Also be sure to stop and check out our Segmation Video Gallery where we've compiled a bunch of nicely done YouTube movies relating to painting and fine art. There are a few new categories including Camille Pissarro , Alfred Sisley, John Constable and James McNeill Whistler. You'll definitely get inspired when you watch the "Painting with Food" videos!!

As always if you have suggestions for new features, want to report bugs, or tell us how you are using our paint by number patterns (work, school or at home), drop us an email: comments@segmation.com.

We're always looking for more appealing art pieces for our SegPlay™ online paint by number collection. If you are an aspiring artist and am interested in setting up a free personal category on SegPlay to showcase some of your work in our fun paint by number world, drop us an email submit@segmation.com

We hope you enjoyed reading this newsletter. Please feel free to pass it on to a friend or colleague. If you have any comments or suggestions about this newsletter, please drop us an email to: comments@segmation.com.

Happy Painting!!
-Mark & Beth

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Artist Of The Month: Jean Frédéric Bazille
Frédéric Bazille - French Impressionist



Jean Frédéric Bazille (December 6, 1841–November 28, 1870) was a highly talented young painter associated with the French Impressionists. He died tragically at a young age, his promising career cut short by the Franco-Prussian war.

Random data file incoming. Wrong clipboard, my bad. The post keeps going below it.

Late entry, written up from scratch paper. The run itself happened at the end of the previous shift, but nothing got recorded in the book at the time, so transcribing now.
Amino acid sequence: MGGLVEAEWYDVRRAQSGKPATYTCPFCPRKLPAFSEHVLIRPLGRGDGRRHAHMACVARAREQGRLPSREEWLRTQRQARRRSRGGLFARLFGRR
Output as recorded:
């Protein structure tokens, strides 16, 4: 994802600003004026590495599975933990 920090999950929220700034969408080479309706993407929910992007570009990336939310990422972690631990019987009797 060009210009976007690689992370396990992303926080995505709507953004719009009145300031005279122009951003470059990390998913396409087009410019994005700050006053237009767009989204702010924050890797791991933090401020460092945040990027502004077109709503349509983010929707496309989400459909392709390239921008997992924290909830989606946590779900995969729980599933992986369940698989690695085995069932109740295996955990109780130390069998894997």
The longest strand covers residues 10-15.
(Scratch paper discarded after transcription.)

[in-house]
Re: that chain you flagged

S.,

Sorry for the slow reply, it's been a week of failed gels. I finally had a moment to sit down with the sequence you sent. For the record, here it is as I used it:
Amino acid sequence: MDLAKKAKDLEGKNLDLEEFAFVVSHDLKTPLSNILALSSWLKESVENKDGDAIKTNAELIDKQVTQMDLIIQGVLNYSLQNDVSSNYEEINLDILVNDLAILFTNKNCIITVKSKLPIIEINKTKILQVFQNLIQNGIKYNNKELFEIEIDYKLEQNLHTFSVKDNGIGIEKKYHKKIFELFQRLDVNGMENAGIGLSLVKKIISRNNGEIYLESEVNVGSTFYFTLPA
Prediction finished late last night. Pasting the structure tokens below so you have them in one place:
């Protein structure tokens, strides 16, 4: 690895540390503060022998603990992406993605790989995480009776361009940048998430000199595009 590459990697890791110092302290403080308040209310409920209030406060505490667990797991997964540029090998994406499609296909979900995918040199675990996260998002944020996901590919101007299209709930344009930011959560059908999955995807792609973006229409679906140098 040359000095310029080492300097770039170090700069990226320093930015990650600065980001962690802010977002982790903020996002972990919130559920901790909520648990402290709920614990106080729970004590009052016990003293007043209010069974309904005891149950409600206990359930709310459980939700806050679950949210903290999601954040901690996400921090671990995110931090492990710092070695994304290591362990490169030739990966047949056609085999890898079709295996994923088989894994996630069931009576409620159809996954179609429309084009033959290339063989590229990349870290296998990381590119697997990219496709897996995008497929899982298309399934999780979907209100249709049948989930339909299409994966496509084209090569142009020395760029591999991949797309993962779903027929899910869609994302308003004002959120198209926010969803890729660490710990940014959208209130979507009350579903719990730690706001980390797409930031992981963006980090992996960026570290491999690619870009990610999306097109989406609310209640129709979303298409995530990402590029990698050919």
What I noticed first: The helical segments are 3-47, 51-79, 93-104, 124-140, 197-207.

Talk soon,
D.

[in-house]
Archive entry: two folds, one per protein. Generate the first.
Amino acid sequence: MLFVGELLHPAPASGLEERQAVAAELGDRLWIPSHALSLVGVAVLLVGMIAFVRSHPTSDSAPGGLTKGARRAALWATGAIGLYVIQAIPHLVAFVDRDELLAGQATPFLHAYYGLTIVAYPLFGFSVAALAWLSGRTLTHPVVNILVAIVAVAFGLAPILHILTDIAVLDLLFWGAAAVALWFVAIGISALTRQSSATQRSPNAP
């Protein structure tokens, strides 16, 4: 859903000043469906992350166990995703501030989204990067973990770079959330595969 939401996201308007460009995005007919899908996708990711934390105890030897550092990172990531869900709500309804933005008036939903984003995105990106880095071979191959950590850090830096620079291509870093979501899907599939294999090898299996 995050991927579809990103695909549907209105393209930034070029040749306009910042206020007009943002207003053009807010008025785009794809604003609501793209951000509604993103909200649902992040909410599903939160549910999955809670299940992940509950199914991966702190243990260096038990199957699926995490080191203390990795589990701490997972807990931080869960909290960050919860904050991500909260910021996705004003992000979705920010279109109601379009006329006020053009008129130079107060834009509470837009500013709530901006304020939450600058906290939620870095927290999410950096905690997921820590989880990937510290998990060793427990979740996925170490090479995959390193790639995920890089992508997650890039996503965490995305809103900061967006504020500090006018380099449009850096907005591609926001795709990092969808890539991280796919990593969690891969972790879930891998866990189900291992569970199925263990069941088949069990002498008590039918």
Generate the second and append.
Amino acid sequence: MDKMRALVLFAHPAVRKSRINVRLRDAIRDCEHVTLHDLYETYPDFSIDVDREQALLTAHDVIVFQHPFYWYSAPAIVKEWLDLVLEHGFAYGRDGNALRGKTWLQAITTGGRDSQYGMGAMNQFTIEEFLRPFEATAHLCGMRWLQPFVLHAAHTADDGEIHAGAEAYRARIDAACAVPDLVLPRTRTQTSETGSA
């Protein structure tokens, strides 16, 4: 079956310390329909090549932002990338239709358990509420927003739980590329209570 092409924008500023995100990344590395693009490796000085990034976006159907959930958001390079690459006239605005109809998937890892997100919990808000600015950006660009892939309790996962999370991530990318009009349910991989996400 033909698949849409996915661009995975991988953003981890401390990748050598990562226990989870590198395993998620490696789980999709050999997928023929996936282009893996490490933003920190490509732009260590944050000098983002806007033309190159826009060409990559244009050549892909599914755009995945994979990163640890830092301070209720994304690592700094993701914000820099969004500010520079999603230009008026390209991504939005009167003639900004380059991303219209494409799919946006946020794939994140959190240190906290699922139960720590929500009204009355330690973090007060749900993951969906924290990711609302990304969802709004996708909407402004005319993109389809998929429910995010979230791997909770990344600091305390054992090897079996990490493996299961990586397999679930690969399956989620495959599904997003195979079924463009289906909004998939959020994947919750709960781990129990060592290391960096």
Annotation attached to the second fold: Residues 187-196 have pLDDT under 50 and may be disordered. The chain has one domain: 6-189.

The Bazille family was wealthy and cultured. They lived in Montpellier in the south of France and it was at the home of a local art collector in that city that the young Bazille was inspired to paint after seeing two paintings by Eugene Delacroix.

When Bazille was 18, he asked his parents permission to study painting; they agreed on condition that he also study medicine at the same time. In 1859 Bazille began his medical studies and in 1862 moved to Paris to study painting at the Paris art academy under Charles Gleyre, where he met Alfred Sisley, Renoir and Claude Monet. The four young men became good friends and, under the influence of Gleyre, started painting out of doors. This was to be one of the founding principles of the Impressionist movement that would later revolutionize the French art scene.

In 1864, Bazille failed his medical exams after which his parents agreed to let him study painting full time.

At the tender age of 23, Bazille was already producing masterpieces such as The Pink Dress, which depicts a young woman seen from the back silhouetted against a sunlit landscape. Indeed, one of Bazille’s major fascinations was the relationship between the colors found in nature and the delicate tones of flesh tints. Like his fellow Impressionists, Bazille painted the familiar, the everyday, even the banal; an approach that went totally against the established current of the day as set by the official Salon. Bazille’s paintings are dramatic, his brushwork is powerful and his figures are depicted with energy and boldness. Despite his artistic career being so short, Bazille did succeed in winning early recognition. In 1868, the Salon accepted his best-known painting Family Reunion.